Labour could lose half its Scottish seats, says new TNS poll

Billy Ehrenberg
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No thanks? Jim Murphy of Labour (Source: Getty)

The Scottish National Party (SNP) could double its vote in the 2015 General Election, according to a poll from TNS.

The news is a further blow to Scottish Labour, who, if the figures are representative, could see themselves on the wrong side of a 10-point deficit and facing the loss of half of its Scottish seats.

Of the 1,006 adults surveyed in face-to-face interviews, 41 per cent said they intended to vote SNP and 31 per cent Scottish Labour. As the graph below shows, this is a big swing from the 2010 result, where the SNP got only 20 per cent of the vote and Labour 42 per cent.

Another line of questioning revealed that only eight per cent of those polled said Jim Murphy’s appointment as the leader of Scottish Labour made them more likely to vote for the party. The majority of this eight per cent were older voters.

Conversely, the poll found, 22 per cent of 18-34 year olds said they intended to vote for the Green party.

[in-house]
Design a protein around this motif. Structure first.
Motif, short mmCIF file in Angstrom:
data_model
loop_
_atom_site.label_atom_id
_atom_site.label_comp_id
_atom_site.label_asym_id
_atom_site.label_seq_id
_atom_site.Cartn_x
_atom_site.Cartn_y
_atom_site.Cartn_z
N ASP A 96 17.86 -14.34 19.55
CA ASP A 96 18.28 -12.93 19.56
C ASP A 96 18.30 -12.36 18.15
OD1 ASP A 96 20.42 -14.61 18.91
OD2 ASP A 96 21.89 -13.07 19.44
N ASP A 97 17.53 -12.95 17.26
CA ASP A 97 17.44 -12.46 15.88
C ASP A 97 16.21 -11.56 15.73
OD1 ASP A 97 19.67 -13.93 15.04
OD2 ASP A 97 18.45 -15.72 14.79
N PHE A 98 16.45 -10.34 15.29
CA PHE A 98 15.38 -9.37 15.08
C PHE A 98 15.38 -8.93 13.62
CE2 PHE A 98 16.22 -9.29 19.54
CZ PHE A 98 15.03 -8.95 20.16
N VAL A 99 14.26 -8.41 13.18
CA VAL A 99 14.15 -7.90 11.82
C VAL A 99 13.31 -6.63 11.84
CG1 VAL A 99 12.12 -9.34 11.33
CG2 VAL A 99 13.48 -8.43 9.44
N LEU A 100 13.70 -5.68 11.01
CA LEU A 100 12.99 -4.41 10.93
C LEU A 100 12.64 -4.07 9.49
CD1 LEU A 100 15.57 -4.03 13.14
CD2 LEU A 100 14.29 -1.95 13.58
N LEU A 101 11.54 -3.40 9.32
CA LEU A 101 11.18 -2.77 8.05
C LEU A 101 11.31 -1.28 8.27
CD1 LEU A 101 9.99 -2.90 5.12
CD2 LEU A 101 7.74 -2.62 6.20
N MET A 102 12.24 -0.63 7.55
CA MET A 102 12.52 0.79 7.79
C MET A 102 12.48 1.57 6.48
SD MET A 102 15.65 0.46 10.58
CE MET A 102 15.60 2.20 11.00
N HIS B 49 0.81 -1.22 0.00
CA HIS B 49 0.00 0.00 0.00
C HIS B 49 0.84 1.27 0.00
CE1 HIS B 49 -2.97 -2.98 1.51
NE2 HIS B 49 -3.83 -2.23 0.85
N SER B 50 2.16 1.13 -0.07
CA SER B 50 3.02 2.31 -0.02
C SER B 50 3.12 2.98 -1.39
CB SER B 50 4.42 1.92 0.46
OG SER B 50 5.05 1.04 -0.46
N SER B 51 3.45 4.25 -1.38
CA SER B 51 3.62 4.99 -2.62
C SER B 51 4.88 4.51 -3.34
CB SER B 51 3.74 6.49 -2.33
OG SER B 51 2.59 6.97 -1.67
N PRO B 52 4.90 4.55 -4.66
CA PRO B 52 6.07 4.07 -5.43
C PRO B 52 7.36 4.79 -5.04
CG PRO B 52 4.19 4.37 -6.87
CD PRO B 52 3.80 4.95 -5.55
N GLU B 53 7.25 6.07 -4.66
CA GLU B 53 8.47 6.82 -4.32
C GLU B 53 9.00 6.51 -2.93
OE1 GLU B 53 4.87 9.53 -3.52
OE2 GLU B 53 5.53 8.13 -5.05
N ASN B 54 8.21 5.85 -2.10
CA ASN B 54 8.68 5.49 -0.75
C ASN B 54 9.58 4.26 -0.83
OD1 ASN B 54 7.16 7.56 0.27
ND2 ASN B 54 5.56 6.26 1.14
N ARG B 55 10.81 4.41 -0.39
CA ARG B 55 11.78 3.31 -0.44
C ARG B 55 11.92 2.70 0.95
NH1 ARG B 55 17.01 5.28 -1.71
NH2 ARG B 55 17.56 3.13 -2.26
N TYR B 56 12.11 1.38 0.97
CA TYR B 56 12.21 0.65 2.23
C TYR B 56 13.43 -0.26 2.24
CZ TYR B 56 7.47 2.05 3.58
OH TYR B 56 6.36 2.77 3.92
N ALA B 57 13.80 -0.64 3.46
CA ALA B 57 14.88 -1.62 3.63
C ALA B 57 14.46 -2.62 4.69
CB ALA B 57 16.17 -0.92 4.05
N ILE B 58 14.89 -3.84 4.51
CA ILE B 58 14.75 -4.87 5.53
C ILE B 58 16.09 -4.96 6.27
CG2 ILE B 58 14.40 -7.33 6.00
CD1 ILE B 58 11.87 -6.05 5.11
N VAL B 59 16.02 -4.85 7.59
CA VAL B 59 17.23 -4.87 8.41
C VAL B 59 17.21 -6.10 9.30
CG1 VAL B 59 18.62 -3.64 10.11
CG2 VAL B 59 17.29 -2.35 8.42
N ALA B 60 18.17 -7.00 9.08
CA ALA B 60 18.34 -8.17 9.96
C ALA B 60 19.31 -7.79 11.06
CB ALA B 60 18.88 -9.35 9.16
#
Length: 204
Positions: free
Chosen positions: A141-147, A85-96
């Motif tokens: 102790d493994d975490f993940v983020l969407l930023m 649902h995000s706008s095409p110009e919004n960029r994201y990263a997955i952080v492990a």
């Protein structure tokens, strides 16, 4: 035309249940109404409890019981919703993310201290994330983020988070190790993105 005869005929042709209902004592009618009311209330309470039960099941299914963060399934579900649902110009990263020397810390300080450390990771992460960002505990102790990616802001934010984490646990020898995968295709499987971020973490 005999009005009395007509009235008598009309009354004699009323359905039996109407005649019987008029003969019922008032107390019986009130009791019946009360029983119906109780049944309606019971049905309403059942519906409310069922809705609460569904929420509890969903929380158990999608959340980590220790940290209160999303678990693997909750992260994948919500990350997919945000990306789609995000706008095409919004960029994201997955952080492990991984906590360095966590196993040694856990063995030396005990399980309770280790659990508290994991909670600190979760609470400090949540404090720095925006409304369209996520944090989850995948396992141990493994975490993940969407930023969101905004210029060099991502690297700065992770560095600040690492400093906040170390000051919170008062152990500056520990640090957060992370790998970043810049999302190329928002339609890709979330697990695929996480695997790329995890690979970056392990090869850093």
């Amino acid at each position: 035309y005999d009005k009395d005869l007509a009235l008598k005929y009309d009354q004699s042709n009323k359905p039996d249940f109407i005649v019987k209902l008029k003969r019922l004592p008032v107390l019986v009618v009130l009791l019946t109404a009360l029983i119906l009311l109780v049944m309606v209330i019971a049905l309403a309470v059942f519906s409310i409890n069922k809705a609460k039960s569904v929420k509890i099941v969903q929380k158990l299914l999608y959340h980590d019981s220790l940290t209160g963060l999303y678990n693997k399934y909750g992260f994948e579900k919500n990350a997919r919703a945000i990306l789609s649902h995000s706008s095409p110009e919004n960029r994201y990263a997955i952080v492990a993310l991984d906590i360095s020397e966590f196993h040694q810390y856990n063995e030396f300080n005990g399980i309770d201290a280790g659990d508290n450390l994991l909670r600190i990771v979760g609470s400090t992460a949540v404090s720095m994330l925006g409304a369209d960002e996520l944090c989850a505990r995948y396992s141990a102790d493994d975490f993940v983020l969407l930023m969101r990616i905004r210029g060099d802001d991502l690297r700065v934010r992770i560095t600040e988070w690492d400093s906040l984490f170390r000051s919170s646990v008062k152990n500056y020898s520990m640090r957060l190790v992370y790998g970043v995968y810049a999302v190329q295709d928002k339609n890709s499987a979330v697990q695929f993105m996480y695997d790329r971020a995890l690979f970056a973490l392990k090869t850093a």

Turnout in the election, however, is expected to be lower than the independence referendum.

Tom Costley, Head of TNS Scotland, said,

It would appear that the high level of turnout for the independence referendum is not going to be replicated, not surprising when you consider the different context between the two events.

The turnaround in the Scottish political scene which sees the SNP polling at this level has been widely attributed to traditional Labour voters who voted Yes in the referendum deciding to stay with the SNP.

But it is also worth noting that the SNP may well also have benefited from the collapse of the Liberal Democrat vote – from 19 per cent in the 2010 election to 4 per cent in the latest poll.

The poll results come after a poll by Lord Ashcroft showed Labour's situation in Scotland to be equally dire. Looking at Labour seats from the 2010 General Election that had subsequently voted Yes to independence, Ashcroft's poll concluded only one would remain red come May.

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